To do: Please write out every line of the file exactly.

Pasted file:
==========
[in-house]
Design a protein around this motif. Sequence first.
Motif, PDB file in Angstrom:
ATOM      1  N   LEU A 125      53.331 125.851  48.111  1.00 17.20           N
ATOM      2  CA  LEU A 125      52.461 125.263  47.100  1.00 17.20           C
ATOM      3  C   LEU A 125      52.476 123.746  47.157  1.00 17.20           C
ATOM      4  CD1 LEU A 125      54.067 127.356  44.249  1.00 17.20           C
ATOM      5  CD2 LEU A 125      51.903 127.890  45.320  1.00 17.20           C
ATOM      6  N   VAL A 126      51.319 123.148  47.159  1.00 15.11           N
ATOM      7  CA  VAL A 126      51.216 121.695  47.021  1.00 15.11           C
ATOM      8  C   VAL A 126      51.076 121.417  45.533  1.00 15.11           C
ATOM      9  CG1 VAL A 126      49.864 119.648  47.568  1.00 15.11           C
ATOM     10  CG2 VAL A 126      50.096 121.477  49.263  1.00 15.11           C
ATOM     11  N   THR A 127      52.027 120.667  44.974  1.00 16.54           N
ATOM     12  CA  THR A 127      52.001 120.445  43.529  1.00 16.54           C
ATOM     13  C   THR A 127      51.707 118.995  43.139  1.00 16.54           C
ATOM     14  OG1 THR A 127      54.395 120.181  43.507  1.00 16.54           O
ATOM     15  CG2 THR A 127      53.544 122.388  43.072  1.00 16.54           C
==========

[in-house]
Design a protein around this motif. Sequence first.
Motif, PDB file in Angstrom:
ATOM      1  N   LEU A 125      53.331 125.851  48.111  1.00 17.20           N
ATOM      2  CA  LEU A 125      52.461 125.263  47.100  1.00 17.20           C
ATOM      3  C   LEU A 125      52.476 123.746  47.157  1.00 17.20           C
ATOM      4  CD1 LEU A 125      54.067 127.356  44.249  1.00 17.20           C
ATOM      5  CD2 LEU A 125      51.903 127.890  45.320  1.00 17.20           C
ATOM      6  N   VAL A 126      51.319 123.148  47.159  1.00 15.11           N
ATOM      7  CA  VAL A 126      51.216 121.695  47.021  1.00 15.11           C
ATOM      8  C   VAL A 126      51.076 121.417  45.533  1.00 15.11           C
ATOM      9  CG1 VAL A 126      49.864 119.648  47.568  1.00 15.11           C
ATOM     10  CG2 VAL A 126      50.096 121.477  49.263  1.00 15.11           C
ATOM     11  N   THR A 127      52.027 120.667  44.974  1.00 16.54           N
ATOM     12  CA  THR A 127      52.001 120.445  43.529  1.00 16.54           C
ATOM     13  C   THR A 127      51.707 118.995  43.139  1.00 16.54           C
ATOM     14  OG1 THR A 127      54.395 120.181  43.507  1.00 16.54           O
ATOM     15  CG2 THR A 127      53.544 122.388  43.072  1.00 16.54           C